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On January 10, 2017, the European Commission (EC) issued a proposal for a new ePrivacy regulation. This would replace the existing ePrivacy directive, which obliged telcos to guarantee the confidentiality of users' communications. The rules show that over-the-top providers (OTTs) are now firmly on the radar of regulators because OTT communications are increasingly seen as a substitute of traditional services. The rules also provide telcos with new opportunities to use communications data; however, they fail to provide a clear framework for data retention for purposes related to fighting crime.

New uses of data will be possible for telcos, but data retention rules remain a gray area

There are at least three noteworthy aspects of the proposal. First, it is a Regulation, like the recently adopted General Data Protection Regulation (GDPR). This means that it will be instantly valid across the EU once it is approved, without the need for national legislators to transpose it into law. This aims to ensure more consistency; however, it is likely that there will be longer and more complex negotiations before it is approved. Considering that it took more than three years for EU institutions and member states to pass the final version of the GDPR, the stated aim to finalize the new ePrivacy regulation by May 2018, when the GDPR will come into force, is likely to be unrealistic.

Second, compared to the current ePrivacy Directive of 2002, which only applies to telcos, the proposal expands its scope to OTTs. For some time now, the EC has shown awareness of the fact that the communications landscape is changing and that the definition of electronic communications provider can no longer apply to telcos only. This has already become clear in the proposals for a review of the telecoms regulatory framework, currently under discussion. The new ePrivacy regulation is a step in the same direction because it acknowledges that OTT communications services are increasingly popular and are a substitute of traditional communications services such as voice and text. Services such as WhatsApp, Skype, or Facebook Messenger will be required to guarantee the same level of confidentiality as traditional communications services.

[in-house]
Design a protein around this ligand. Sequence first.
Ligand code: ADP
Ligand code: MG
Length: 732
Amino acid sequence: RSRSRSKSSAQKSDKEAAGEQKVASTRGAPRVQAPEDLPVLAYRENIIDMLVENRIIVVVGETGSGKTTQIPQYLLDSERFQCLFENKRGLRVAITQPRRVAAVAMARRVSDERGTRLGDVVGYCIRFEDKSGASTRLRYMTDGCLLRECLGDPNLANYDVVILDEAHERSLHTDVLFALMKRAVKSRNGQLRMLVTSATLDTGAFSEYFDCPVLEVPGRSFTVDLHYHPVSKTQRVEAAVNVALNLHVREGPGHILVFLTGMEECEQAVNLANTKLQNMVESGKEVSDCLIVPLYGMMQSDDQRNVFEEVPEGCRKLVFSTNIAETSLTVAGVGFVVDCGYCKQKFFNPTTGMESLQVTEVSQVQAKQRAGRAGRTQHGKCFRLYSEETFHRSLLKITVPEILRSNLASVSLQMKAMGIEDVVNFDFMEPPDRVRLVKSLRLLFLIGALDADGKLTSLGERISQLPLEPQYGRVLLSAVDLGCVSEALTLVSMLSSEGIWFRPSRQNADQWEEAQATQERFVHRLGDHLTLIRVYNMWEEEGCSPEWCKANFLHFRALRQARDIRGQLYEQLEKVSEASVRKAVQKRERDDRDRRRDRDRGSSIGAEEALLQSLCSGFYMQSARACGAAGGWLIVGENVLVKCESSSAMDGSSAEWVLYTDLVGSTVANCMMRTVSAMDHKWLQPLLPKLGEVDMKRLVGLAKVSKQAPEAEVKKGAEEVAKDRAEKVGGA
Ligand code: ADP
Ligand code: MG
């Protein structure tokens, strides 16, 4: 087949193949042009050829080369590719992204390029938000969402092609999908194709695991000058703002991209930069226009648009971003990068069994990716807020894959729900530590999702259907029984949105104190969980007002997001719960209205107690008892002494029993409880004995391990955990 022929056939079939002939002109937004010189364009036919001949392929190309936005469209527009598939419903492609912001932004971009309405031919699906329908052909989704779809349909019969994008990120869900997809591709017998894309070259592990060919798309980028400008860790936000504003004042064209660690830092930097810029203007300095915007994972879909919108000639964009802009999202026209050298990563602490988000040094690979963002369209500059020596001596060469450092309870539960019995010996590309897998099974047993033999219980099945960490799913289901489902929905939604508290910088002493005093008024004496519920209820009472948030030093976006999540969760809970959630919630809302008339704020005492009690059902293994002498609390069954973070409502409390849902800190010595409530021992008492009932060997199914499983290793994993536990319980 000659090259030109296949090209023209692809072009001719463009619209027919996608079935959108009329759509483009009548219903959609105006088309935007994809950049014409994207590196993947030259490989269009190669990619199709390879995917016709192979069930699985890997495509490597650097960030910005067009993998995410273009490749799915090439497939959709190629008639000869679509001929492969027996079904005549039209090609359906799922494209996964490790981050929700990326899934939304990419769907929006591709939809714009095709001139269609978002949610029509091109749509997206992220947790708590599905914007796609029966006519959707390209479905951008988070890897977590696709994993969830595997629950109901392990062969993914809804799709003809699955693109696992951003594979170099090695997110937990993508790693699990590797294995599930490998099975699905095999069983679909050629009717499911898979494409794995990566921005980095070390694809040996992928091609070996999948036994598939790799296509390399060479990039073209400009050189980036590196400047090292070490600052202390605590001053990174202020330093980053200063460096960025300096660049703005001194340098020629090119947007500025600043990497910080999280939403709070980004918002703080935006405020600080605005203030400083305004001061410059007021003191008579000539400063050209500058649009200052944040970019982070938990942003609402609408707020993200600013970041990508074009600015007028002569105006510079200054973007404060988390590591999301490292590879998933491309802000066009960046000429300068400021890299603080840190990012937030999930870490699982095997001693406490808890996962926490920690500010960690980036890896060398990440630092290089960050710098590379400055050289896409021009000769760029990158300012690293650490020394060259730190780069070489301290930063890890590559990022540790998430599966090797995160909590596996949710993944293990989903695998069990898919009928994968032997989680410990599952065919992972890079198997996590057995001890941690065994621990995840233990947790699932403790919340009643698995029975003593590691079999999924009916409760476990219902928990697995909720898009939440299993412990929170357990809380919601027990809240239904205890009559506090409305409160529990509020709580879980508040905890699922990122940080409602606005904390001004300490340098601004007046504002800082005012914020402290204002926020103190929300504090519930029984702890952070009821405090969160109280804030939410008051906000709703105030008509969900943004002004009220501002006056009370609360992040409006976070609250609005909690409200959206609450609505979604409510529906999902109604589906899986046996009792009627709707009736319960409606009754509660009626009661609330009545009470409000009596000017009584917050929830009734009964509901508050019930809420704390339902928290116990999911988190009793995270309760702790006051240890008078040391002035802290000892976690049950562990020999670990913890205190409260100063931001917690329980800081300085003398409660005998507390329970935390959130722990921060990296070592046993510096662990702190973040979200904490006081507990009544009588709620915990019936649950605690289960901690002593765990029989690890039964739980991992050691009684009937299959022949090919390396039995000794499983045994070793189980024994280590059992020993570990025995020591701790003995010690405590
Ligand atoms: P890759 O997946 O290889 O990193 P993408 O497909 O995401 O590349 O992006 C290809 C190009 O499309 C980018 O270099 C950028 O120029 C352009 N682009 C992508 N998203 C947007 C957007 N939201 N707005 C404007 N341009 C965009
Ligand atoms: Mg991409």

Third, the proposal aims to give telcos more freedom to use customers' data, providing that consent has been obtained from the customer. Under the current rules, telcos can only process traffic and location data for Wi-Fi hotspots in areas of need or value-added services, such as proposing communications packages better suited to customers' consumption. They can also process this data for billing purposes so customers can verify their actual consumption. It is now been proposed that the companies should be allowed to process communication content and metadata for other purposes if users have given their consent and provided that the company complies with privacy safeguards. Telecoms operators should now have more opportunities to process metadata to provide additional services, which will in turn help them find new revenue streams.

Nonetheless, the proposal does not clarify the gray area around the issue of data retention for the purpose of tackling crime. The EC clearly stated that the proposed regulation does not harmonize rules on data retention, even though it acknowledges member states' competence on national security, as enshrined in the Treaty on European Union. Recent rulings of the European Courts of Justice, such as the one of December 2016 against the UK Investigatory Powers Bill, showed how controversial and uncertain the matter can be in the absence of a clear framework.


Further reading

The EU's General Data Protection Regulation, TE0007-001037 (August 2016)

Regulatory Developments in Data Protection and Data Retention in the EU, TE009-000987 (July 2013)


Luca Schiavoni, Senior Analyst, Regulation

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